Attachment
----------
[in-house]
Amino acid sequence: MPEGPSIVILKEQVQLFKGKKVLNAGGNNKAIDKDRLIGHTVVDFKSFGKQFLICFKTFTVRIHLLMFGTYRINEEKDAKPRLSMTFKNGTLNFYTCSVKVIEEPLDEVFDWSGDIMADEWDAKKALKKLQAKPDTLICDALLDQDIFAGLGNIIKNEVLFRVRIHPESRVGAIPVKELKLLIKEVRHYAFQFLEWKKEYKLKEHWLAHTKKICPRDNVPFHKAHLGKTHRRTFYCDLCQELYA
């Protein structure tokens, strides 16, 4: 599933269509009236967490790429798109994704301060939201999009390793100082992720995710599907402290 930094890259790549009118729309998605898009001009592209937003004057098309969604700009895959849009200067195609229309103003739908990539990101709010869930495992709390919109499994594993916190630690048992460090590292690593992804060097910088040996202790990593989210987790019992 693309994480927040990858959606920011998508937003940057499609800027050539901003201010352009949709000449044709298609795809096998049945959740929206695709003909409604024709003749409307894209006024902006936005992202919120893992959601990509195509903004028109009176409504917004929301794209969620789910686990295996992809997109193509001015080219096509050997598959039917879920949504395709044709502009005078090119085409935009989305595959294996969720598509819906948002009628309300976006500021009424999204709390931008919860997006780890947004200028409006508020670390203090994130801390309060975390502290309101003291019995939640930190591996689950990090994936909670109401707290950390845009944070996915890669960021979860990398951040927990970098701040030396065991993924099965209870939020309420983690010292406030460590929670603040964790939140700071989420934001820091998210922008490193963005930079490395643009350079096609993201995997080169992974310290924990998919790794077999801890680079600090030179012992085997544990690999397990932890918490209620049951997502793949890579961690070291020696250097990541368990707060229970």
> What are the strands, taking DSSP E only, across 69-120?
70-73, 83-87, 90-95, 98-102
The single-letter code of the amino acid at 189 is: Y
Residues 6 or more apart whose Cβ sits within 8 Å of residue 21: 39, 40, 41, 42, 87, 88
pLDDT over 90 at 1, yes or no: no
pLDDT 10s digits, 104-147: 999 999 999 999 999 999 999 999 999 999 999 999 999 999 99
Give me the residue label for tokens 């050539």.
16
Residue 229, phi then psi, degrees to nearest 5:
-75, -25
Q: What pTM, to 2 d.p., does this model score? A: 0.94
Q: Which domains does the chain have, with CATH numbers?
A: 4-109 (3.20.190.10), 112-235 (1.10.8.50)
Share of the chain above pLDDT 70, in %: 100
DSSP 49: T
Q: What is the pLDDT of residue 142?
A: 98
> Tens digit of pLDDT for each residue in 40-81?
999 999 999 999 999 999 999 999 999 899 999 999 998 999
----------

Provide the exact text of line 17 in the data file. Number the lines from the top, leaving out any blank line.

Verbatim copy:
Share of the chain above pLDDT 70, in %: 100